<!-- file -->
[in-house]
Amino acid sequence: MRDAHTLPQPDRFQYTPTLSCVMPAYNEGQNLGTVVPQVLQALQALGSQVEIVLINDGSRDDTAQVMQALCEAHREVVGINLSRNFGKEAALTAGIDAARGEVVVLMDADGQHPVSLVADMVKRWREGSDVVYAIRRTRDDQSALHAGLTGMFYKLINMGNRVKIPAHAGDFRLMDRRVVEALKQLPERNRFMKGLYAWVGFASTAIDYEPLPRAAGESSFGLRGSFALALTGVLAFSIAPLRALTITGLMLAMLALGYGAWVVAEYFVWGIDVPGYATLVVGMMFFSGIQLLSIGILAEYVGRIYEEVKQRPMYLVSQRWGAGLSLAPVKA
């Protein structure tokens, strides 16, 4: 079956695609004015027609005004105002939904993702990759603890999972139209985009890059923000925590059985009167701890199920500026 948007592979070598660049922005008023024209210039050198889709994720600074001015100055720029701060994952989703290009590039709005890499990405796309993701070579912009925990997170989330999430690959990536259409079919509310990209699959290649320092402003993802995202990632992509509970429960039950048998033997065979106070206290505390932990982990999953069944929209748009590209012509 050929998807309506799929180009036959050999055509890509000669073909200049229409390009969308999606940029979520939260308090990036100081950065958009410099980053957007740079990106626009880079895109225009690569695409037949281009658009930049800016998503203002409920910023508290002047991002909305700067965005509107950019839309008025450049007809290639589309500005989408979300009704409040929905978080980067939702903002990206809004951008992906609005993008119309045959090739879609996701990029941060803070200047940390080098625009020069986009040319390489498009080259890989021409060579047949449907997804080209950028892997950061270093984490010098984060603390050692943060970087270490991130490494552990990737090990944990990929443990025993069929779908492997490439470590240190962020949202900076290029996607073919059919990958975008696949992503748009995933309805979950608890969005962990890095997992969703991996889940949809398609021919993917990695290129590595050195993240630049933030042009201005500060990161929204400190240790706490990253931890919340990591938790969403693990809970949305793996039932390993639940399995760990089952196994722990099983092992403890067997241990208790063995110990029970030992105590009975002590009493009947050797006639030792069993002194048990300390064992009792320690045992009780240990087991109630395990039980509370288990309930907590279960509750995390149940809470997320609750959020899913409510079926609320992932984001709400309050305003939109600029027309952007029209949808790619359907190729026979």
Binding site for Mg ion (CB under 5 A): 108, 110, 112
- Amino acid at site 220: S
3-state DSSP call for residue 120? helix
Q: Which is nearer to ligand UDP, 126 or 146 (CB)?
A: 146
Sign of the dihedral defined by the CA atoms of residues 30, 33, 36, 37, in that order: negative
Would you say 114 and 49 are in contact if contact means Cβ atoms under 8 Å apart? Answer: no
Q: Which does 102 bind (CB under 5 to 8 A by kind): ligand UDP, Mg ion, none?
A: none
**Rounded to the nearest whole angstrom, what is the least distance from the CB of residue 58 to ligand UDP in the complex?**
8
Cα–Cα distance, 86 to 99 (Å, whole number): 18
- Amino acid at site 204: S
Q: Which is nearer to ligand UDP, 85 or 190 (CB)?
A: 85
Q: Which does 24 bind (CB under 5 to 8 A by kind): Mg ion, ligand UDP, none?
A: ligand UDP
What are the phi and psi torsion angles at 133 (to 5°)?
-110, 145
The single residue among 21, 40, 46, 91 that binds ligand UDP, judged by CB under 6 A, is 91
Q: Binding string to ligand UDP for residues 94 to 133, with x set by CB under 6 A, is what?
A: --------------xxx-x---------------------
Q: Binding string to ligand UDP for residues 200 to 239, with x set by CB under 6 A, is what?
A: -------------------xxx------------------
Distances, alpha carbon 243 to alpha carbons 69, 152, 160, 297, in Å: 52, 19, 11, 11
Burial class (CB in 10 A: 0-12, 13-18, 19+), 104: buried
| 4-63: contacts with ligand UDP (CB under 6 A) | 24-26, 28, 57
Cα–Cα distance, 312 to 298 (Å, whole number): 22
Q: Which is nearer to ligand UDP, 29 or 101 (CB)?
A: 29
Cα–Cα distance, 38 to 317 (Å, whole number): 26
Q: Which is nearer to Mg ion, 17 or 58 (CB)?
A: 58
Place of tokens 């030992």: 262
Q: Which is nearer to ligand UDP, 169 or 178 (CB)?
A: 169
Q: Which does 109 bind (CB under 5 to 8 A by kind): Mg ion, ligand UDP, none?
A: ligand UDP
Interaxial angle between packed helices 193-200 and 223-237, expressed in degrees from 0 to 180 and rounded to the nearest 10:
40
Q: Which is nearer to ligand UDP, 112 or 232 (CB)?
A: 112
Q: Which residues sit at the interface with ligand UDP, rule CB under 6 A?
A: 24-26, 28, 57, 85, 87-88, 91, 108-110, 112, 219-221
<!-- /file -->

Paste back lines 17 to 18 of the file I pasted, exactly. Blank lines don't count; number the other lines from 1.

Q: Which is nearer to ligand UDP, 85 or 190 (CB)?
A: 85